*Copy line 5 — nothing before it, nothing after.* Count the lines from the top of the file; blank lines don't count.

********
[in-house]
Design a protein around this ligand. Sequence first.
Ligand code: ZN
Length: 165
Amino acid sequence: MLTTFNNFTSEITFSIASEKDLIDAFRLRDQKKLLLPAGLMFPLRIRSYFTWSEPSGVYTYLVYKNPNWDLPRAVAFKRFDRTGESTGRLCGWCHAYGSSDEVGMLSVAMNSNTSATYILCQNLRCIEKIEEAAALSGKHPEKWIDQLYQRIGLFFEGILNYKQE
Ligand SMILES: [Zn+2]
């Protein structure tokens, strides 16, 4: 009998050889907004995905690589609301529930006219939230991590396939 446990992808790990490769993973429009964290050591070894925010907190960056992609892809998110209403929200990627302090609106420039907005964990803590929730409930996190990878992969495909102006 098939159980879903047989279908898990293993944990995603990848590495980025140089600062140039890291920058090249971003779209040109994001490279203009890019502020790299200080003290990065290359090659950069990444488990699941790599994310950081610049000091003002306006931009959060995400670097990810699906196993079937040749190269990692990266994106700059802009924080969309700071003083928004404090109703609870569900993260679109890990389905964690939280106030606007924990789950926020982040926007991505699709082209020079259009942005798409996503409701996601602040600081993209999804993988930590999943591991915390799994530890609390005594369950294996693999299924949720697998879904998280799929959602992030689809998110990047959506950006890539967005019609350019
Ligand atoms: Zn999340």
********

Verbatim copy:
Amino acid sequence: MLTTFNNFTSEITFSIASEKDLIDAFRLRDQKKLLLPAGLMFPLRIRSYFTWSEPSGVYTYLVYKNPNWDLPRAVAFKRFDRTGESTGRLCGWCHAYGSSDEVGMLSVAMNSNTSATYILCQNLRCIEKIEEAAALSGKHPEKWIDQLYQRIGLFFEGILNYKQE